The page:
The one-child policy has been blamed for everything from a shortage of brides to an epidemic of childhood obesity – but, to judge from Chinese television, the bigger worry is that it has created a generation of wimps.
Dad, Where Are We Going? is a reality television show that shot to mainland fame recently because it taps into middle-class angst about whether China is raising its children right. The kids on the show are hardly more than toddlers, and they are sent off with Dad to – among other things – live in a tent in the deserts of central China and forage for food in a peasant village.
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Is a generation raised on iPads and junk food up to the rigours of the camp stove and the camp potty? And more to the point, is Dad up to it?
Many would argue that the last thing to expect from reality TV is a dose of social reality, but this show seems more authentic than most – perhaps because the main characters are children so young that they do not know enough to hide it when they want to act like spoiled brats.
The dads, all of whom are Chinese celebrities and some of whom are television actors in "real" life, are inevitably less candid than their kids. After one little girl whines for nearly an entire show, her Olympic gold medallist father alludes to how he might be tempted to just whack her if they were in the privacy of their own home – but, with the whole country watching, he thinks the wiser course is a quick cuddle.
Like much on Chinese television, this is a copy of a foreign show – a South Korean series about celebrity dads and their offspring. But in China, besides merely testing whether famous dads can boil water and tie shoelaces (they can't), it also has a deeper resonance.
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The country is now raising its second generation of "little emperors" – only children, often born to parents who are themselves only children – and everybody wants to know if they are going to end up even more spoiled, immature and selfish than their overindulged parents.
A recent survey by China Youth Daily found most viewers watch the show for what they can learn about balancing the pressures of work and child-rearing – and only a quarter for a peek at celebrity family life.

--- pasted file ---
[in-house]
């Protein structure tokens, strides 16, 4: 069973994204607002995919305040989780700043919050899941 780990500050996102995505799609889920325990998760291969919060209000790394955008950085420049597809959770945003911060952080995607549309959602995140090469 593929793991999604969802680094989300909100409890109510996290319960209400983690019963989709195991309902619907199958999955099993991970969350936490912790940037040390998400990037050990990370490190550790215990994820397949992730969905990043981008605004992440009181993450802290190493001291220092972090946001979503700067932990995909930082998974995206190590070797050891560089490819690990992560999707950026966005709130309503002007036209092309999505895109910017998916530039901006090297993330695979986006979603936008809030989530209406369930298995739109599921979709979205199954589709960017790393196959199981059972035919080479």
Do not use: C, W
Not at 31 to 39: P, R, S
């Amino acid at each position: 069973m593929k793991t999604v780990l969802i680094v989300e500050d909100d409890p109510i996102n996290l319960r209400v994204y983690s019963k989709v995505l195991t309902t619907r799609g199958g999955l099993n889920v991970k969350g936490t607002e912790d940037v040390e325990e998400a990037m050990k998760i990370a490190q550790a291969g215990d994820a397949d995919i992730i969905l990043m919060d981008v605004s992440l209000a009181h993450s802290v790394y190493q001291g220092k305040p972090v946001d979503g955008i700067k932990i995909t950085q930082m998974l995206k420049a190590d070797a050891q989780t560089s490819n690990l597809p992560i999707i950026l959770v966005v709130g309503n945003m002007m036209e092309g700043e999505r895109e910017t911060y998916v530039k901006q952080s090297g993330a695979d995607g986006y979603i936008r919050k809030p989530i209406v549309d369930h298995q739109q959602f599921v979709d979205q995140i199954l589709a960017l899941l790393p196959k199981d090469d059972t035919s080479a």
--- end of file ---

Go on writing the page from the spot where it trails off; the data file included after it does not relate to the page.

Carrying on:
Last month the show even became the subject of an academic seminar at the Shanghai Academy of Social Sciences, which urged parents of "little emperors" to give them more independence – and get Dad more involved in child-rearing.
Many western parents follow a simple policy when choosing their parenting style: they just do the opposite of what their own parents did. Dad, Where Are We Going? seems to encourage China's newest generation of parents to do that, too: launch a counter-revolution in Chinese parenting by refusing to coddle, pamper and overprotect their kids – or, at least, not to the degree that they themselves were coddled, pampered and overprotected.
The tough love starts in episode one, when Dads and tots go off to live in peasant homes with everything from goats in the courtyard to hairy spiders on the bedclothes. The kids have to be peeled away from their iPads and their dads, prompting marathon tantrums from pampered participants.
But, by the end of that episode, even the most coddled had gone off on a village-wide scavenger hunt to assemble the fixings for dinner and returned bursting with the pride of a job well done – and done by themselves.
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Later, they all go off by camel to pitch a tent in the desert, pretending like all good parents everywhere that the children are actually helping pitch the tent rather than merely being annoying. One of the dads has his thumb smashed while pretending to let his son hammer in a tent peg. And another sends his son off to find out how to light the camp stove – but when the child returns brimming with the new knowledge, he ignores him (parenting 101, anyone?).
One begins to wonder which generation it is we are meant to be worried about. For, apart from one three-year-old – probably too young to be subjected to tent torture anyway – the rest of the kids grew up monumentally in the few short weeks between the peasant village and the desert.
They ended up seeming no more spoiled than any toddlers anywhere – and less so than my own two teenagers when called upon recently to endure a camel ride in a Chinese desert (even without sleeping overnight there).
Maybe China's children are not in as much peril as the conventional wisdom – and their little emperor parents – would have it. But just wait until they become teenagers.